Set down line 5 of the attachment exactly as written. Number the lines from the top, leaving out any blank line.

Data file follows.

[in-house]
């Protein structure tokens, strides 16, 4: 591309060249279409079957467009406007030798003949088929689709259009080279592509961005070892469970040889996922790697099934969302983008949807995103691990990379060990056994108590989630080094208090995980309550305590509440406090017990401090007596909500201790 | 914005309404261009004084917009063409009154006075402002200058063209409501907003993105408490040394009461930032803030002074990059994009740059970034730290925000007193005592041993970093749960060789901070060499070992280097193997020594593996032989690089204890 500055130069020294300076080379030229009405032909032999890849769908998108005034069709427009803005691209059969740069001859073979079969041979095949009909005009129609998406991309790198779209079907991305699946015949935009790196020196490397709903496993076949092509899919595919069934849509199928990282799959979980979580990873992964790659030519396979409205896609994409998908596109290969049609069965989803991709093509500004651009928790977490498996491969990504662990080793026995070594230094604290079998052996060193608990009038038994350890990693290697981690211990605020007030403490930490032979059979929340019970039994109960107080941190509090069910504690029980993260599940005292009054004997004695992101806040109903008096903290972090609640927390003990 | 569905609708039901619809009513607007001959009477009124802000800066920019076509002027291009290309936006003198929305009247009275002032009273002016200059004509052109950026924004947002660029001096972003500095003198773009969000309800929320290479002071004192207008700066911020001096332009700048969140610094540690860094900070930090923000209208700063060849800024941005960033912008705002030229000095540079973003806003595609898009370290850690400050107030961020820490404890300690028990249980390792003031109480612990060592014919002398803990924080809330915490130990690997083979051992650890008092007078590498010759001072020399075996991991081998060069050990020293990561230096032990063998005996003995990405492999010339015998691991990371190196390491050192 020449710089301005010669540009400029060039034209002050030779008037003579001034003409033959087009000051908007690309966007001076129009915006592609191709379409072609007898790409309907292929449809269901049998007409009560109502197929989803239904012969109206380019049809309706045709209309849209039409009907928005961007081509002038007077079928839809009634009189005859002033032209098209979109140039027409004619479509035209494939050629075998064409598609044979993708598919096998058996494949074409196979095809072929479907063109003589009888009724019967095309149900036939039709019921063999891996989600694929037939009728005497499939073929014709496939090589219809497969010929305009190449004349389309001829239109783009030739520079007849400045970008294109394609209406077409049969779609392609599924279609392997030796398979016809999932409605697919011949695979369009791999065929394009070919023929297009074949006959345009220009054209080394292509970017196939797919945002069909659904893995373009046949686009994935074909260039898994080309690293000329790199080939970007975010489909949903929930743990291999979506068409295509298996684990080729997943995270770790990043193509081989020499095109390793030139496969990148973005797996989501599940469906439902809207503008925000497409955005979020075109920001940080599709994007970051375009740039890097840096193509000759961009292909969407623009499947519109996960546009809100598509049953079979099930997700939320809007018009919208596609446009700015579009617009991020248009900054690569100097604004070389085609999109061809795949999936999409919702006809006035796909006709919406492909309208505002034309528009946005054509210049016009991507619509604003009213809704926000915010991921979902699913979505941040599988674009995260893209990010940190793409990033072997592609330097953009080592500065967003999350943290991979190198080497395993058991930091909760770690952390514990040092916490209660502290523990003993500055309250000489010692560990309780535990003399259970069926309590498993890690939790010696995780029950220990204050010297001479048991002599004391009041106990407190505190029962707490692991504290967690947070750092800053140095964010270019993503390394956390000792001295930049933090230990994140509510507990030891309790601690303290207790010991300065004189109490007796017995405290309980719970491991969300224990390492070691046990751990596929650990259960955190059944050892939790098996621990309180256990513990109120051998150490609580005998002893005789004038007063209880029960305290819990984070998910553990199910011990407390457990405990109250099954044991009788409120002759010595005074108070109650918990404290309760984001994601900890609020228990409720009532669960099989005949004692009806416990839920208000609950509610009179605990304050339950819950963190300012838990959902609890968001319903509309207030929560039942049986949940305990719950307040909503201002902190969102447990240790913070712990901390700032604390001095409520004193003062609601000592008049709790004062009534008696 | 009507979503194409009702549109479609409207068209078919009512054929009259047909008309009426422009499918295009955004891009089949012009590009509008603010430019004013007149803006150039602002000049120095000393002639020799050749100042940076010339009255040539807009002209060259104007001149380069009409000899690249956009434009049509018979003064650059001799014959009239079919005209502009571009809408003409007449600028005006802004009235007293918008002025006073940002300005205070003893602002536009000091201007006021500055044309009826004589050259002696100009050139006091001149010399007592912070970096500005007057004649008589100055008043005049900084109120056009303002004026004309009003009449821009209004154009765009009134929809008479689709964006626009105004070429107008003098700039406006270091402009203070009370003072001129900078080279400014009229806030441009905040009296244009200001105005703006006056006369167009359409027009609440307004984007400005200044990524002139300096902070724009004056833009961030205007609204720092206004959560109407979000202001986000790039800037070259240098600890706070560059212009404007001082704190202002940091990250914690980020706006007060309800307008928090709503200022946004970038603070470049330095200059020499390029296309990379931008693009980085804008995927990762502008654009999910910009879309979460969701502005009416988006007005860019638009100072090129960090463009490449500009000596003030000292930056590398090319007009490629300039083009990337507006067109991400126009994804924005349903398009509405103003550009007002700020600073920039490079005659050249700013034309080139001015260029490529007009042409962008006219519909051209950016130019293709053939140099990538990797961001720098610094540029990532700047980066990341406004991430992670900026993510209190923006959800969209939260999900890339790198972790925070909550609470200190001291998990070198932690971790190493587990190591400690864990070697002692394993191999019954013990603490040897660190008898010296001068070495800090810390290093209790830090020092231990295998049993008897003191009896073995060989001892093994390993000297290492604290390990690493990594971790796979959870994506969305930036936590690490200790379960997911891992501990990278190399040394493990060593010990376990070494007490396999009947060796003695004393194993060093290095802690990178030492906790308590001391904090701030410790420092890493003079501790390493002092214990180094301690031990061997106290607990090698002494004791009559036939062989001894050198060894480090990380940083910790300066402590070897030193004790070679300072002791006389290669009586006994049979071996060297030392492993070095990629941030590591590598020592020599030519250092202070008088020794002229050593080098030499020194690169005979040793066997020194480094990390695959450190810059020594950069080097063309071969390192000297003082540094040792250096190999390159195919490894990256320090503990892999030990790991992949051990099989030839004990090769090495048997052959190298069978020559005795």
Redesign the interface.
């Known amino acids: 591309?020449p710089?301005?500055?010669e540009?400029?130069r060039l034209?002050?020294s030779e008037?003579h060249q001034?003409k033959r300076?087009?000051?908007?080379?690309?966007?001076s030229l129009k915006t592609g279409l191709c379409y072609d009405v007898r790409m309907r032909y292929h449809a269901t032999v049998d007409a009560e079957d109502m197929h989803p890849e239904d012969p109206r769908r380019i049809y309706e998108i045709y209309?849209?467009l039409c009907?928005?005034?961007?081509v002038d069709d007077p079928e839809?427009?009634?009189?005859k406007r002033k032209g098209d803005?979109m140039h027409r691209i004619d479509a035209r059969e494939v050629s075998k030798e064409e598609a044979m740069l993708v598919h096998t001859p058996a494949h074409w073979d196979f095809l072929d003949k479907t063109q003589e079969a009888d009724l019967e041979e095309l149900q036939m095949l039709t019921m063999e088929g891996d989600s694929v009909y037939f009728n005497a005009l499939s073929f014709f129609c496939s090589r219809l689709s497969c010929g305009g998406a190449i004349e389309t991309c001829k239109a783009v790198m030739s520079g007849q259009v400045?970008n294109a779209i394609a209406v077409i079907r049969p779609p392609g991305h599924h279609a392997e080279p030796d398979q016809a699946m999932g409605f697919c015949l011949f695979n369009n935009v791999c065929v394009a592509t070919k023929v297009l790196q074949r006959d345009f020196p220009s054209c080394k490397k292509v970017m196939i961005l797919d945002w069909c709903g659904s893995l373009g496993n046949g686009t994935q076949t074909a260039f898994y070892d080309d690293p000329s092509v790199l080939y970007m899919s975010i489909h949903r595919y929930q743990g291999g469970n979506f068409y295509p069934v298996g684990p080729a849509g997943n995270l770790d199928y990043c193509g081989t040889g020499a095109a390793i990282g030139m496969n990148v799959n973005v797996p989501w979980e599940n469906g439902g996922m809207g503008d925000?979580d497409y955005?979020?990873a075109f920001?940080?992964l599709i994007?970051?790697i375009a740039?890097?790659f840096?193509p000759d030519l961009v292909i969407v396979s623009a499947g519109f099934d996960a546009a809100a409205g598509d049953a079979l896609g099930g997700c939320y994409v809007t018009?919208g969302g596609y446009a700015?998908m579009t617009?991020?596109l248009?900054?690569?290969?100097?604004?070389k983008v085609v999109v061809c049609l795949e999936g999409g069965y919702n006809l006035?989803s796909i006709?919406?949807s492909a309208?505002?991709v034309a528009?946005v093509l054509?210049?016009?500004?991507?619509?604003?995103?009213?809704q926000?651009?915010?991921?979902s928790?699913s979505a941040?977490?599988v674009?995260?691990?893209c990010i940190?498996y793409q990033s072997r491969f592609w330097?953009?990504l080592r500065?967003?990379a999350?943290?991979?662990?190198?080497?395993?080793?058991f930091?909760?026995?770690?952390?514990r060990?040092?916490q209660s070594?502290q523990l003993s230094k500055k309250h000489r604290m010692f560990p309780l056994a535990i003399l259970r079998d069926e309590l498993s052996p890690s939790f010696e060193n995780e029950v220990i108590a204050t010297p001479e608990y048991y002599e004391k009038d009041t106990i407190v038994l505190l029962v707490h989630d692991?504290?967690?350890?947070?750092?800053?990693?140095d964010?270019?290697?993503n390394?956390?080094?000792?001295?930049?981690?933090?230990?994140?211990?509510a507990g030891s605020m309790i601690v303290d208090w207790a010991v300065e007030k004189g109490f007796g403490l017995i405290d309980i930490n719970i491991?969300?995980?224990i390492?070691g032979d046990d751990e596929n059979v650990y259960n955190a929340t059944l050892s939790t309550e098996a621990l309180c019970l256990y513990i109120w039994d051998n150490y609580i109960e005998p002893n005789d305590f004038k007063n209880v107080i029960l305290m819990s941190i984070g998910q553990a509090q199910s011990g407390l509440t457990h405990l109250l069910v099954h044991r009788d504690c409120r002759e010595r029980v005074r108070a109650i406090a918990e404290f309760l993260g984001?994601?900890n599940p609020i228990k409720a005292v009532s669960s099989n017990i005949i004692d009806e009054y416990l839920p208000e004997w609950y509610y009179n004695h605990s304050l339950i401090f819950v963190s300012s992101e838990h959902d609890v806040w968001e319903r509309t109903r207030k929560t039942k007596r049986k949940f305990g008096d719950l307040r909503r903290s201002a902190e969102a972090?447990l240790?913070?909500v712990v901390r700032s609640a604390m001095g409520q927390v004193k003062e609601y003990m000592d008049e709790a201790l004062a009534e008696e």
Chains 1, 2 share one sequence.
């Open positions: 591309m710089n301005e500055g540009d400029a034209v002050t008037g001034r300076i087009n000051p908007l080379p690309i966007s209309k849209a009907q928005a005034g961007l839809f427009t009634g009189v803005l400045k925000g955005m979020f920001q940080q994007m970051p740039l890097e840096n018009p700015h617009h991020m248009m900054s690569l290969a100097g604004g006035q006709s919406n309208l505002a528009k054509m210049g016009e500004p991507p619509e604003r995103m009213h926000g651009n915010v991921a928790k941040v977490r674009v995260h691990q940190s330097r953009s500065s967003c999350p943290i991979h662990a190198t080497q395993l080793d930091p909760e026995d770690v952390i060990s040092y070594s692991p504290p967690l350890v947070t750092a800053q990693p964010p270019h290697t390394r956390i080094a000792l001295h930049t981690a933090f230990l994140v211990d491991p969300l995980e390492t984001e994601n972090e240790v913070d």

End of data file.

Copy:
Chains 1, 2 share one sequence.